The return of non-aligned values

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The unfortunate demise of the non-aligned movement had as much to do with geo-politics as it did with transnational corporation economic aspirations. India had been one of the last to hold true to self-sufficiency before succumbing to economic realities of feeding a massive population. More than half a century later with globalisation and open-market economy theories being exposed for all but the benefits, non aligned values have regained deeper meaning.

The temptation to politicise everything is enticing. Countries that have been able to resist have done so with a sense of balance. The United States makes it legal for paid but transparent lobbying funded by businesses for business friendly policies. The United Kingdom allows for declared donations by businesses and businessmen to political parties. That's where third world or developing countries have failed.

India's Bharatiya Janata Party shook democratic foundations by launching ejection bonds by which individuals could fund the ejection campaigns. With no accountability or declarations required the move allowed for billions to pour in with large businesses being cleverly veneered. Businesses always play a role in political funding and plush positions are found for the favoured. It's also good for decent, if difficult political decisions when trade bodies are supportive. What isn't good is when such organisations lose the moral height of correcting decisions that go against the interest of general public with more realistic solutions.

Australian trade bodies got together to suggest to the Albanese Labour government that energy companies part with windfall profits through a super tax to be spent on supporting consumer spending. This was in line with a government handout at the time of the 2008 meltdown by the government.

Had the Federation of Bangladesh Chambers of Commerce and Industry, Dhaka Chamber of Commerce and Industry and the Metropolitan Chamber of Commerce and Industry, Dhaka been true to their avowed corporate social responsibility promises, they could have, should have suggested concrete point by point details of how to overcome the dire economic stress of consumers. Without consumers there can be no business. These organisations with members located around the country should have understood people's plights. Their networks extend internationally with businesses, chambers and industries. They provide inputs to government budgets, seek relief from international and national setbacks. It follows naturally they reciprocate the government in its time of stress. The deplorable price manipulation of recent months should have seen FBCCI and DCCI up in arms. Nothing emanated. Transport owners enjoyed windfall gains (continuing to do so), edible oil businesses made a killing as did rice millers. They do not react when frustrated ministers expressed helpless at being powerless to do anything to rein in prices. All demerits have exemplary exceptions. Theirs was to pass off benefits of tax and VAT relief.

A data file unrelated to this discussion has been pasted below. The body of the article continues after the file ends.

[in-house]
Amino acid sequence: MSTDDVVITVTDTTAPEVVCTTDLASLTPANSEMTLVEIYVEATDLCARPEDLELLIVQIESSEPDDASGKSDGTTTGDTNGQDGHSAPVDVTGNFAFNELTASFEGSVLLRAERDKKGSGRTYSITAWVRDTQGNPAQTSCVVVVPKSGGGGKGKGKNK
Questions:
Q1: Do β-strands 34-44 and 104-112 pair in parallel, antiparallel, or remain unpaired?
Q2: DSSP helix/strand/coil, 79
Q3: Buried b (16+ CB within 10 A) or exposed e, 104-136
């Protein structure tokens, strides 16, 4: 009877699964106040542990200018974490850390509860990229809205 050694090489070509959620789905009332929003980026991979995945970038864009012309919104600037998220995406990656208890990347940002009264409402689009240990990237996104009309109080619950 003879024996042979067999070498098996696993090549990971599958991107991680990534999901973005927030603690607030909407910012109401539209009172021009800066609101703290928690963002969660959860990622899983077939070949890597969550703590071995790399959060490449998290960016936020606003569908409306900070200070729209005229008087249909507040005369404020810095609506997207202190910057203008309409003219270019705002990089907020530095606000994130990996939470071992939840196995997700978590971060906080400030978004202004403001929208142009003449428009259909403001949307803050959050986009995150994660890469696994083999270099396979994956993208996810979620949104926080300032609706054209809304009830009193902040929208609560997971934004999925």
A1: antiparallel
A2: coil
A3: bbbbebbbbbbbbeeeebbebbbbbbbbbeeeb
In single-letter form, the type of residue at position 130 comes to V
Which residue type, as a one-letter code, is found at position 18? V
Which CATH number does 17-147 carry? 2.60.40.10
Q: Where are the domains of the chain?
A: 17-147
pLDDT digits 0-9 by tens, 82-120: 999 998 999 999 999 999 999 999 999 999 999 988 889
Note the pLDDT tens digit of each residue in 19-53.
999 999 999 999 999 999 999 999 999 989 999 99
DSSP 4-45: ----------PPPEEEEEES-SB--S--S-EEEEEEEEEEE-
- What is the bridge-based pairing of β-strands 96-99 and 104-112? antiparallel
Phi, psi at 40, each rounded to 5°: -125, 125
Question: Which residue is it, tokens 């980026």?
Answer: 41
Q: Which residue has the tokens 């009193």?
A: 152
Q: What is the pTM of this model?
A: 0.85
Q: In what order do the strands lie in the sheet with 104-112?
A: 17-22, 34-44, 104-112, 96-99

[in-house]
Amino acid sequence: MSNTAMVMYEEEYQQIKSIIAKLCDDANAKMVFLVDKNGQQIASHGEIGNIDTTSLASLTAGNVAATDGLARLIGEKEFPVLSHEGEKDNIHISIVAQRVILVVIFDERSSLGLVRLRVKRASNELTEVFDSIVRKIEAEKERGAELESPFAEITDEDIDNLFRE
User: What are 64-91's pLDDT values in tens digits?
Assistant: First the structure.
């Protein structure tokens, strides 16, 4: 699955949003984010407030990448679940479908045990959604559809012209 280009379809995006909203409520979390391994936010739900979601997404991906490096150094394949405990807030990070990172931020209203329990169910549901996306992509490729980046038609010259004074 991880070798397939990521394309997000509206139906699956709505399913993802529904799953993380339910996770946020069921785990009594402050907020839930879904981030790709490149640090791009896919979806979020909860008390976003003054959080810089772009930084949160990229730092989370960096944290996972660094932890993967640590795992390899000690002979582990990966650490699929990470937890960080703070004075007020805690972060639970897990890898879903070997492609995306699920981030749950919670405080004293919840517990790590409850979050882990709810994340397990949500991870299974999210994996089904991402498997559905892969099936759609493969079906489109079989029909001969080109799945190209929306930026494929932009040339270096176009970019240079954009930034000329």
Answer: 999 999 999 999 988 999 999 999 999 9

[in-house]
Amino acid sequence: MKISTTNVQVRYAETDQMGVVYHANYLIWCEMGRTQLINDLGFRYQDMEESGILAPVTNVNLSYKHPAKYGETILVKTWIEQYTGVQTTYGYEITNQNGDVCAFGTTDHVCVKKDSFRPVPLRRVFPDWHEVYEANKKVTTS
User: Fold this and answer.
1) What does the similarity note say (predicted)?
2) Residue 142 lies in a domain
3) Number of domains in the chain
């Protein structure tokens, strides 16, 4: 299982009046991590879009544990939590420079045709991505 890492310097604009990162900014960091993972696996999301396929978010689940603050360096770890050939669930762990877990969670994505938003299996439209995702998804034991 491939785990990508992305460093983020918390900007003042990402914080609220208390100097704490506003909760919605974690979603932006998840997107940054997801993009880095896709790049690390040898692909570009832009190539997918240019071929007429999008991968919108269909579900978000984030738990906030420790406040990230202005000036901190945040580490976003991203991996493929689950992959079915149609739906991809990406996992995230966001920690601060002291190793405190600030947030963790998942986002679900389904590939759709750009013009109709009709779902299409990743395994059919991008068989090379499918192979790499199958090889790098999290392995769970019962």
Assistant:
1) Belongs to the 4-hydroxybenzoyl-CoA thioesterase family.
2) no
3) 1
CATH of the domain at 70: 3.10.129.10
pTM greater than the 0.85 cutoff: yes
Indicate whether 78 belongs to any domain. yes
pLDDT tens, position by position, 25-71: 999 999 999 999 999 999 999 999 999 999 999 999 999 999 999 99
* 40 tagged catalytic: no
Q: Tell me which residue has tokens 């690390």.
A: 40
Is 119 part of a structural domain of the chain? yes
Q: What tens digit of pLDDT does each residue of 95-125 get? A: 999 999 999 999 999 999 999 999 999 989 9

The one unstructured organisation-Small and Medium Enterprises have lesser baggage on their backs and can speak freely. And speak they did. From policy through licensing, taxation and their very existence they spoke of corruption from top to bottom. They keep the wheels of the economy running and have their noses to ground realities. Working with small capital mostly without banking support, it hurts them more at having to search in their meagre profits to pay out bribes, graft and downright extortion. Dhaka Chamber claims ownership of the SMEs. There's an SME foundation. To this day there are no permanent structures of SME markets. Backward linkage absence doesn't allow for proper and sustained promotion of their products and services. Of the Prime Minister's generous pandemic fiscal package the chunk for SMEs was the most under-utilised. For all the lofty idealistic rhetoric women SME  entrepreneurs continue their unending tale. No help in, assistance or simplification of their loan procedure.

The SMEs have spoken without mincing words. A total revamp of the approach to the SME sector is nothing short of what they want. If that is to be achieved a specialised, top level cell manned by they who understand SMEs and is inclusive of SME representatives is required, not tomorrow but today. The lesser political interference there, the better.


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